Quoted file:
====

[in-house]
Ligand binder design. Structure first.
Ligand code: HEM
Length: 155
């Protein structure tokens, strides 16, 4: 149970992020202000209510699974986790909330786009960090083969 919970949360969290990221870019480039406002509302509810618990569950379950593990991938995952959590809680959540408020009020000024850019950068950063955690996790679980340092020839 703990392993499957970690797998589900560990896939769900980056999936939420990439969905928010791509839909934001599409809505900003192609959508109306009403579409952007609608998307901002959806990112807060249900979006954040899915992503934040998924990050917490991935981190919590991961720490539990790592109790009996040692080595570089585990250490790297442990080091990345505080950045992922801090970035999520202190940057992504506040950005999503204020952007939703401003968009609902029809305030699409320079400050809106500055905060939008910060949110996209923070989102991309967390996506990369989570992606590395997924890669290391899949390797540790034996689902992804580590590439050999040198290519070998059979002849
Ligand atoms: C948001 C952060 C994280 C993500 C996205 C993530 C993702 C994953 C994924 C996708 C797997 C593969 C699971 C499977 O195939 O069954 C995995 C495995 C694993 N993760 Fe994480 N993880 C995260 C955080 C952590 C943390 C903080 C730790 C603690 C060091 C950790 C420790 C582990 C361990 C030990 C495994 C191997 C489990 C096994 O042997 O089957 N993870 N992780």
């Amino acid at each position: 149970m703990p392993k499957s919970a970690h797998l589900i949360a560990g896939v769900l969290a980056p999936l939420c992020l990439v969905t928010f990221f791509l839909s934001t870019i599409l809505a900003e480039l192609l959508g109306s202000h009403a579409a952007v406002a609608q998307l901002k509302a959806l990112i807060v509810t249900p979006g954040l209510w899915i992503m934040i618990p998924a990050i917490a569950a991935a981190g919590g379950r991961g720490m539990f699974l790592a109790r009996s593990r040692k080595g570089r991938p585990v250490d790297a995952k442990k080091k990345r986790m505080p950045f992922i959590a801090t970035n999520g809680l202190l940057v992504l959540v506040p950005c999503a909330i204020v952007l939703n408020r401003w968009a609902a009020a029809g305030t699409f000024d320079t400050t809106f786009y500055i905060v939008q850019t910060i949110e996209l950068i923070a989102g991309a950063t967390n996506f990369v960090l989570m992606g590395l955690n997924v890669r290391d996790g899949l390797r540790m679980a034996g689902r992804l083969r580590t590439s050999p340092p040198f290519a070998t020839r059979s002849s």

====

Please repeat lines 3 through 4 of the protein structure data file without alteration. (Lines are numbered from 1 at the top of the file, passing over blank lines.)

Ligand code: HEM
Length: 155